Friday, January 22, 2016
Bolstering a Brother's Poor Alibi
Brothers have been known to be the best of friends—and sometimes the worst of enemies. The bond of brotherhood may run the gamut of human emotions, but no matter where it falls on the scale, it comes with the mark of a singular relationship.
Before the start of 1917, there were no clues to indicate the strength of the familial relationship between John Syme Hogue and his younger brother, Andrew. With John born in 1885 and his brother following almost exactly two years later in 1887, they were close enough in age to have shared many of the same experiences in their growing-up years. Whether those experiences brought the proverbial closeness of brotherhood, or the bitternesses of animosity or jealousy, it is hard to tell.
By the time John turned thirty two, however, his life choices presented an opportunity for his brother to demonstrate what might generally be called brotherly love. Having been arrested on charges of murder, John Hogue stood trial near the scene of the alleged crime in Essex County, Ontario. The verdict of that March 7, 1917, jury trial demanded that he be sentenced to die on the gallows.
The trial process seemed to have its problems from the start, based on the various reports provided in newspapers throughout Michigan—keenly vested in the outcome for the suspect who was on his way to be returned stateside to stand trial there for other charges—and also in the province of Manitoba, starting point for Hogue's doomed extradition. In today's world of instantaneous news and in his home country, Hogue's trial likely would have seen a change of venue, due to the uproar caused by the search for the fugitive, but not so in 1917 at the scene of his crime near Windsor in Essex County, Ontario.
Even before the actual start of the trial, a Michigan paper, The Muskegon Chronicle, pointed out one clue for the faltering court case in its March 6 edition. Apparently, "Detroit friends of Hogue" had retained a Windsor barrister to represent John, who subsequently had entered a "plea that he had not been able to acquaint himself with the details at the preliminary hearing." Upon this request, the judge had allowed him just one additional day for his preparations.
Once at trial, the case took only one day to be heard. Small details gathered from different newspaper accounts give a glimpse at the case being stitched together by the rushed barrister. Hogue, himself, had insisted that the gun used had been unexpectedly hair trigger—a detail considered a "poor alibi" early on by the Jackson Citizen Patriot, also reporting from Michigan—and that, in his anxiety to escape, he had touched the trigger harder than he had meant.
Other details seeped out in reports. The Bay City Times mentioned an exchange with a witness to the murder, who during the trial insisted that "the prisoner was deliberate in his movements" when he killed the immigration officer escorting him back to Michigan. During cross examination, the witness was asked whether he thought "a lurch of the train caused Hogue to pull the trigger," and whether, at the scene of the crime, he had heard Hogue say, "I'm sorry, I didn't intend to do that." As incredibly Victorian as that latter question may have painted the suspect, both questions do introduce doubt as to what, exactly, happened during that precise moment in which Hogue initiated his getaway.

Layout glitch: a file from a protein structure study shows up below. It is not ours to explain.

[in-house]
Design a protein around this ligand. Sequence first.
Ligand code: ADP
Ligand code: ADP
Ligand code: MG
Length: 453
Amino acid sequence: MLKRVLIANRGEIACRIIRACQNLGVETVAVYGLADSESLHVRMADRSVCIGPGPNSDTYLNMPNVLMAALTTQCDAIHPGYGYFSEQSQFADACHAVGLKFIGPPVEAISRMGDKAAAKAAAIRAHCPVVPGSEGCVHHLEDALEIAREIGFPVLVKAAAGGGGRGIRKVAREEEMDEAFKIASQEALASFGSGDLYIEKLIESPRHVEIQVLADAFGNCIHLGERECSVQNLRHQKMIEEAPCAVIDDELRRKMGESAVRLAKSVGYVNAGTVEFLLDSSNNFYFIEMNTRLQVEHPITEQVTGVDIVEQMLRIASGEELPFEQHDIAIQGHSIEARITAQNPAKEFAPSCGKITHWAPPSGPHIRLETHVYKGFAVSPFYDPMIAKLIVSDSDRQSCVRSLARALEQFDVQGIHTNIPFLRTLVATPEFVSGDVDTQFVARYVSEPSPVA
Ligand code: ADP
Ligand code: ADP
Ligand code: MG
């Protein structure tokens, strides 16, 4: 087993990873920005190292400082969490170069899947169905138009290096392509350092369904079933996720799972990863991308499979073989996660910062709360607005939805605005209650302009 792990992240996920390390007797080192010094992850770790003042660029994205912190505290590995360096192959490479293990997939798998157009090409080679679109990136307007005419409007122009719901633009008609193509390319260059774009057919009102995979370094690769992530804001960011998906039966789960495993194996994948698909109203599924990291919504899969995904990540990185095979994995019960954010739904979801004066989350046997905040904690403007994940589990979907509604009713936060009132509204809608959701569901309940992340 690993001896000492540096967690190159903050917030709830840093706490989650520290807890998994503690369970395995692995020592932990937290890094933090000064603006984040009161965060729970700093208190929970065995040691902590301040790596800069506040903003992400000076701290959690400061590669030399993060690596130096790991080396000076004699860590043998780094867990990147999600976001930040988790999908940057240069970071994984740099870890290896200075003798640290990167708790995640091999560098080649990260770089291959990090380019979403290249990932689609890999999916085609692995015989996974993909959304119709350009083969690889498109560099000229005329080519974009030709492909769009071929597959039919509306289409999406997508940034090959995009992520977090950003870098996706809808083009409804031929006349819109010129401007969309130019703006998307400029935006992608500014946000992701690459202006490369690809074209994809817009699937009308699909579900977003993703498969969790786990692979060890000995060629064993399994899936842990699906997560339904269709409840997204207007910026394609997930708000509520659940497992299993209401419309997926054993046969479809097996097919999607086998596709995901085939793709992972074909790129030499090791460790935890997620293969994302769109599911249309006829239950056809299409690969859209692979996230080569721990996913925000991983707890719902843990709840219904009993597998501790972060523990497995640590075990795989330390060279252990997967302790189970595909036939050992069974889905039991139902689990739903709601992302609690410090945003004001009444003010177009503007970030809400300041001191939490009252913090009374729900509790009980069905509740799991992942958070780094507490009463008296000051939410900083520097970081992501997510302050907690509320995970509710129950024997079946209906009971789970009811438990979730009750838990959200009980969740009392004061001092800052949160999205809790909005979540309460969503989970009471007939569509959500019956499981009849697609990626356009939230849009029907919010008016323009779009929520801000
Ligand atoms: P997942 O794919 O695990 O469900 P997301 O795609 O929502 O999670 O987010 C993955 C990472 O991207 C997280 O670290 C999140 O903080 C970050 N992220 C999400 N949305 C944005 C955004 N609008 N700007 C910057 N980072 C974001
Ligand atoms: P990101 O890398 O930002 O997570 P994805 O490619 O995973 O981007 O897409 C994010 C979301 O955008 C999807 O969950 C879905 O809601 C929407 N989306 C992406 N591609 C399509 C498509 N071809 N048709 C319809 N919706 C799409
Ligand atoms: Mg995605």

If the suspect had been tried back in his own country, the usual procedure employed might be to instruct the jury in the concept "beyond a reasonable doubt." Indeed, the very reason the barrister appealed the verdict immediately after the trial was for a similar statement: that the presiding justice "erred in failing to instruct the jury in detail on the meaning of the term, 'culpable homicide.'"
Now, I'm no attorney—nor do I play one on TV—but once I ran across that term, I had to look up its definition. A quick sketch can be gleaned from Wikipedia entries, which explain that, in Canada, the term is used to define criminal intent of a killing, and the jury must be satisfied the accused was a substantial cause of the victim's death.
While it may have been "Detroit friends of Hogue" who had initiated the move to obtain suitable legal defense for John Hogue, perhaps this is where the saga of brothers comes to center stage to pick up the tale. A March 25 report was circulating that, rather than request a retrial, Andrew Hogue, John's brother, was seeking to have "a new trial granted." For this, he had enlisted the support of his home state's newly-elected governor, Democrat John J. Cornwell, in the same month in which he took office for his one term. Why Andrew had chosen this approach—or how he had obtained such connections as to personally obtain the assistance of the chief executive of his state's government—I have yet to uncover. But by the end of March, John's brother was seeking a way to redirect the inevitable.
Regardless of whatever alternate scenario the barrister had been attempting to paint for his audience that March day in court and through his subsequent appeal to Toronto, it did not effectively sway them. The bad news soon returned. Various newspapers in Michigan in April reported that the appellate court of Toronto refused the appeal. The sentence was to be carried out on May 10.